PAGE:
Successful Grouping In Revit
Group is one of the most used tools in Revit, it is quite convenient if you are familiar with Block in Autocad. However, it is not perfect and has some limitations and constraints that limit its possibility. There are already tips and best practices for using groups, but I would like to share my own workflows from the experience.
Group once, not twice
As Group is a great tool to make a component, it is often over-used by Revit users. The most common workflow is grouping a group with groups and groups and groups and so on. I understand it is quite convenient and it will save lots of time if Revit allows it. However, you soon will realise it was a bad idea when Revit is corrupted breaking groups and causing lots of errors. Alternatively, you can create a super-family, which is a parent family, including many nested families. It will act like a group but impact the model performance if there are too many of them.
Plan how to break into Groups
It is essential to plan how to group the elements. What do I mean by this?! It often occurs that there might be unnecessary groups that contain very similar elements, but really small differences or you have to create another group due to this variable. Therefore, highlight the repetitive elements first and make sure it is repeatedly used without exception in the project.
Host + hosted family in Group
Simply saying, if the host and hosted elements are not in the same group, you may consider not grouping them. For instance, if you have a full-height wall and want to copy the group, which contains a hosted family, per level, it will break the group at some point. It could work for now, but I can tell you it will be your troublemaker.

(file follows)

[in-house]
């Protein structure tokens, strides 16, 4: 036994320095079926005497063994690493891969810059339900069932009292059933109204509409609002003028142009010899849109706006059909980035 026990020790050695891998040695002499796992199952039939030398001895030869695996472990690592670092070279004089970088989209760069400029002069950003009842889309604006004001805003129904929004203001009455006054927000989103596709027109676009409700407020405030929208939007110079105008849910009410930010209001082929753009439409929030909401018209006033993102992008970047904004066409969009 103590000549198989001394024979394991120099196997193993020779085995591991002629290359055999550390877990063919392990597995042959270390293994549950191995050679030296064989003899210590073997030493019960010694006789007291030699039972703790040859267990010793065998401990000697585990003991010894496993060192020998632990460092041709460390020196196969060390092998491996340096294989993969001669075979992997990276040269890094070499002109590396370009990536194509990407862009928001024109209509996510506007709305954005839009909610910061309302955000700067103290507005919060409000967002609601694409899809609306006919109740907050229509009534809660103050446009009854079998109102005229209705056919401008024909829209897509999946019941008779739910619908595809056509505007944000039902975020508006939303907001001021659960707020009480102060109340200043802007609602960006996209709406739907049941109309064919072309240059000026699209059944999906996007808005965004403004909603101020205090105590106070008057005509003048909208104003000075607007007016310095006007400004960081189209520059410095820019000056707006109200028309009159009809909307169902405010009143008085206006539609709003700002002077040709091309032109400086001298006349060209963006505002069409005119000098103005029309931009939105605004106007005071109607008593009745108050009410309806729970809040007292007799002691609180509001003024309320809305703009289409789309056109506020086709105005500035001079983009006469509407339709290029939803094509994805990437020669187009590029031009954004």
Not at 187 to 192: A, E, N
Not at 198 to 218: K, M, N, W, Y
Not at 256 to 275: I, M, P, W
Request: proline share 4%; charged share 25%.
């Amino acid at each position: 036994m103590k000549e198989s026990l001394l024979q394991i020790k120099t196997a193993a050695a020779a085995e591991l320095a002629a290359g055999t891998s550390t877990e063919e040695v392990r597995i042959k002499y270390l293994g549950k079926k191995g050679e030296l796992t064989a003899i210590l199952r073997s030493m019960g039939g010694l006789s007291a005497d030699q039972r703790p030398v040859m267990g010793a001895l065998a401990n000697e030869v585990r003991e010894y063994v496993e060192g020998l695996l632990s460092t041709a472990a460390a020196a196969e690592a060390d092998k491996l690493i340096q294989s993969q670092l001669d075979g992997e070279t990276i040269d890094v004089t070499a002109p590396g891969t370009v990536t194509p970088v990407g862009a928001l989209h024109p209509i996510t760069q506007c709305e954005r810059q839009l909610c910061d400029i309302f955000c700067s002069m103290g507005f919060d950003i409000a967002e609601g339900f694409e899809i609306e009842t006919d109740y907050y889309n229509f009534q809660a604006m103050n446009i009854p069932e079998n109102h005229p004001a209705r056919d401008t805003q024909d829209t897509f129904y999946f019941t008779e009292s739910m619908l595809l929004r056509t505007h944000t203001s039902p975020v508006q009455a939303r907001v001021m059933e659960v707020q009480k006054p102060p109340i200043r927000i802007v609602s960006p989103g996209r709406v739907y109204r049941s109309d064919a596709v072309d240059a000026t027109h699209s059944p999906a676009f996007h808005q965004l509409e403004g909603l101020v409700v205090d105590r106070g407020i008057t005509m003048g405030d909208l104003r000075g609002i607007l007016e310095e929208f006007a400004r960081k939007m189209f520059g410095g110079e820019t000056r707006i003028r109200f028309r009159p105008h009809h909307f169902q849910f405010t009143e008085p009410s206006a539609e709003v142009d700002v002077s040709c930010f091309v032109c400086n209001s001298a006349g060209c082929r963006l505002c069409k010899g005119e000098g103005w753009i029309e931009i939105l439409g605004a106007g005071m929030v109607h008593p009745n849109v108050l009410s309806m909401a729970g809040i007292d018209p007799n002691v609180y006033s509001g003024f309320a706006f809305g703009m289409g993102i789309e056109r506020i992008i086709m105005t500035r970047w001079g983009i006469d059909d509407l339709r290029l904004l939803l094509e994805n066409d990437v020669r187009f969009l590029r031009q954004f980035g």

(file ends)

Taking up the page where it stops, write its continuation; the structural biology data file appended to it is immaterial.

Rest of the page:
Mirror a Group and re-Group
Mirroring a group works fine in Revit, but it will present wrong information. For instance, all the plumbing fixture connections will be mirrored as well, which we don’t want. Moreover, sometime, the surface patterns won’t match the original group. I believe it might be a bug, but still happening. If you are fine with some minor issues, you would just let them be mirrored (not all projects require 100% BIM modelling).
Some elements are not working in Group
Some hosted-based families don’t like being grouped. For instance, line-based families are not acting correctly when it is grouped. Changing the level of the group will break it.
Treat Group as a family
Many Revit users disregard the importance of naming groups. You will find group1, 2, 3, 4…..etc. in any project. No one knows what it is and what to use apart from the group creator. It is the same logic as family. If your wall has wall1, wall2, wall3, you wouldn’t know which wall you need to use. That’s why you include some description in the family name and types. Moreover, you can also change the insertion point or origin, so place it where it makes sense.
Better be in the associated level
All the elements included in the group should have the same associated level. It is not essential to follow this suggestion, but it will often confuse the users and Revit. Potentially, your group can be broken. I have experienced that all the elements are sitting on level 3, but the base level for the group was level 2. Therefore, I have to paste those groups to level 2 to populate level 3. Not Good At All.
To Sum Up
Now, you should get some ideas of how the group is working in Revit. It has lots of limitations and bugs, but it is still one of the most used tools for all architects. I hope Autodesk will make the group more flexible and functional without limitation.